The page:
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Posted: Feb 2 2015 9:07AM
BIPARTISAN GROUP OF LEGISLATORS ANNOUNCE FAMILY LAW REFORM PROPOSALS
ST. PAUL – A bipartisan group of House members unveiled a package of family law reform proposals for consideration for the 2015 Legislative Session on Thursday.
Rep. Peggy Scott (R-Andover), Rep. Kim Norton (DFL-Rochester), Rep. Tim Mahoney (DFL-St. Paul), Rep. Carolyn Laine (DFL-Columbia Heights) announced three major areas of reform as it relates to family law. Joining the legislators in support of these proposals include family law attorney Jennifer Sommerfeld, family law attorney Michael Dittberner, Minnesota Legal Aid staff attorney Melinda Hugdahl, and Center for Parental Responsibility executive director Molly Olson.
Overview of the Family Law Reform Proposals for 2015
1. Revisions to the Best Interests of the Child Factors.
• Focuses the analysis of a child’s best interests on the specific needs of each child, not on a comparison between parents.
• Incorporates the concepts from the existing best interest factors into revised factors that consider the impact on the child of the child’s past, current, and proposed future parenting arrangements.
• Retains all current protections for victims of domestic violence, including the presumption against joint legal and physical custody in cases where domestic abuse has occurred between the parties.
• Encourages courts to consider the impact domestic violence between the parents and other household members has had and will continue to have on the child.
2. Changes to Child Support Statutes
• Removes the current child support percentage of parenting time tiers on which the parenting expense adjustment is based by providing parents with a parenting expense adjustment with each successive night of parenting time.
• Further eliminates the link between custody labels and child support by permitting sole physical custodians to be child support obligors.
• Changes one method of determining potential income to reflect current minimum hourly wages and employment trends.
• Encourages parties, attorneys, and courts to ensure adequate financial resources in each of the child’s two homes.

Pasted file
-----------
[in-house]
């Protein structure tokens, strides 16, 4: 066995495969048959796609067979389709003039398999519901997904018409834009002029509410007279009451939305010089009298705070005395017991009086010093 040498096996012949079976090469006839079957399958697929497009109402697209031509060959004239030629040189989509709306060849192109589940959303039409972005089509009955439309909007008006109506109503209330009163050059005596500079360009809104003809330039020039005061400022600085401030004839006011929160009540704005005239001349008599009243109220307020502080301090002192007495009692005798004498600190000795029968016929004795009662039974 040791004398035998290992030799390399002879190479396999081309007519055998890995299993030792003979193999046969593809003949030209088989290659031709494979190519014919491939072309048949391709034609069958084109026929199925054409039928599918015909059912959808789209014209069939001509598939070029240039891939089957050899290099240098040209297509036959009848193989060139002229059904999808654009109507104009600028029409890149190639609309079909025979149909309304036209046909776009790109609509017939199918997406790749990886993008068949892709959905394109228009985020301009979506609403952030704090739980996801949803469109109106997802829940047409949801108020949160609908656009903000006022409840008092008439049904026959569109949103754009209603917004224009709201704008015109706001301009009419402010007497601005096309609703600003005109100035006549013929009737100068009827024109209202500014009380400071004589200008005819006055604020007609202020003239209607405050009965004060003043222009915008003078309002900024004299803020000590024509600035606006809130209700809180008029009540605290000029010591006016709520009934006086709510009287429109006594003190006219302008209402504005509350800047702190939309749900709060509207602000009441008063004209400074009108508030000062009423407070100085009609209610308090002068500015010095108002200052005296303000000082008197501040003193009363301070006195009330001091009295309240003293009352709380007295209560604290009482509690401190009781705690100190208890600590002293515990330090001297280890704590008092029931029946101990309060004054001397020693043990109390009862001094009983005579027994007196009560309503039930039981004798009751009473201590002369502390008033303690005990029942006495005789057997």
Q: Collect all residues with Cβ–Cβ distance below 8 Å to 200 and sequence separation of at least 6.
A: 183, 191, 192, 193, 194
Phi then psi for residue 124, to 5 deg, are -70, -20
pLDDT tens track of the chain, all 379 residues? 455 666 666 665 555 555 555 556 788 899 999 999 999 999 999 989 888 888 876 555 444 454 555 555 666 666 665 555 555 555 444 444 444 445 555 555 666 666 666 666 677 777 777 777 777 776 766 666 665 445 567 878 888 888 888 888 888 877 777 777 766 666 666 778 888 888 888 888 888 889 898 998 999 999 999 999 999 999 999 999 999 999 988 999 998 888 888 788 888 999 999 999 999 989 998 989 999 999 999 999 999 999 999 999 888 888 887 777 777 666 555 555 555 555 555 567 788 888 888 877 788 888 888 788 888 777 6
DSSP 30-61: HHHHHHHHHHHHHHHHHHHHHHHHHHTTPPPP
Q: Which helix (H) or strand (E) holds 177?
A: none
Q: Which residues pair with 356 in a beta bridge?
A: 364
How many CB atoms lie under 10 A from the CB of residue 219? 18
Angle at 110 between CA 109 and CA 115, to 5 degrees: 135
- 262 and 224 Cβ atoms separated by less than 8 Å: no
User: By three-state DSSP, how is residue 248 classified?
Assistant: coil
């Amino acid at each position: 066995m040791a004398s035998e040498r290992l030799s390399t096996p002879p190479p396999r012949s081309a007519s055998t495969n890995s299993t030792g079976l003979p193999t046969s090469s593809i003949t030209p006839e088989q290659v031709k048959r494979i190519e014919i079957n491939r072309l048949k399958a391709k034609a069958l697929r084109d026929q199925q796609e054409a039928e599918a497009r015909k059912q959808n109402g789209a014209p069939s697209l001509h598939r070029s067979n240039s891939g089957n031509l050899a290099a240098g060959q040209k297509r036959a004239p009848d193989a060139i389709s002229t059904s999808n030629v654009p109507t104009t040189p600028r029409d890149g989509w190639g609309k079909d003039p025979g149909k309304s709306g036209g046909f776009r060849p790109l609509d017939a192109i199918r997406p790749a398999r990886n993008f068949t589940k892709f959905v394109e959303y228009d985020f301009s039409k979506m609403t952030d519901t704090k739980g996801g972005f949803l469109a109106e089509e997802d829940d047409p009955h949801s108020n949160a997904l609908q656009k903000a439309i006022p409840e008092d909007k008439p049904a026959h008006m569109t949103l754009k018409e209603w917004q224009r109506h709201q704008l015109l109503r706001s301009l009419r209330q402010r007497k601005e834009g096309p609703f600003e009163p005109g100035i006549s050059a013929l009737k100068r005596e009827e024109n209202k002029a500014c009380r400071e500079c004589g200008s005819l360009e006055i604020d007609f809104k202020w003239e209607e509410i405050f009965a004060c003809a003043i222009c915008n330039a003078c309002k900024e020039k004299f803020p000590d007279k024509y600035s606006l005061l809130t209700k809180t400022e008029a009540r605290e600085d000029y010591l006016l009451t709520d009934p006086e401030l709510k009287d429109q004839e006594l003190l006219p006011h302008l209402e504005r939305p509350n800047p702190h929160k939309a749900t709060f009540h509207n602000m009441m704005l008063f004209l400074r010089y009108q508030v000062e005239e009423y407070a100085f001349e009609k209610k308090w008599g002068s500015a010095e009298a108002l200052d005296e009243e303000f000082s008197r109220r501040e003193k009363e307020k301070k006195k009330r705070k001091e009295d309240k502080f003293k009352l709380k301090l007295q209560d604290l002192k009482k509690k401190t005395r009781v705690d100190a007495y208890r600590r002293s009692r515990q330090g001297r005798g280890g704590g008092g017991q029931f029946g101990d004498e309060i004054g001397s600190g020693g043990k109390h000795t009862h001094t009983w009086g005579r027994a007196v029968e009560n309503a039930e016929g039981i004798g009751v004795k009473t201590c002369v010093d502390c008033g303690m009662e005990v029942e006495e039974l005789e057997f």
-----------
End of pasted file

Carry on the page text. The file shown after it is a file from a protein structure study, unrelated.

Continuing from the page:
• Creates a new statute governing how and when the Department of Human Services may report to credit bureaus a support obligor as a party in default for parties who are behind on child support payments.
3. Improves and Clarifies Family Law Statutes.
• Better educates unmarried fathers by adding notice on the Recognition of Parentage form that specifies not only what the form does, but also what it does not accomplish for the legally recognized parent.
• Requires courts to enforce penalties when a parent repeatedly, intentionally, and unreasonably denies the other parent court ordered parenting time.
• Sets guidelines for courts to determine or modify the allocation of child income tax dependency exemptions between parents.
• Ensures courts recognize the right of parties to enter into private agreements.
• Removes family court judgments from application of the enhanced 10-percent interest rate on judgments in excess of $50,000.
• Clarifies that the 25 percent parenting time presumption is a minimum, not the maximum presumptive standard.
“What’s significant about this package of proposals is that it reflects a consensus among stakeholders who, just a few short years ago, were on opposite sides of family law issues,” said Scott. “We worked collaboratively to find agreement among family law attorneys, alternative dispute resolution officials, psychologists, as well as parent and father advocate groups.”
These proposals have been put into bill form and await committee action by Minnesota House of Representatives.
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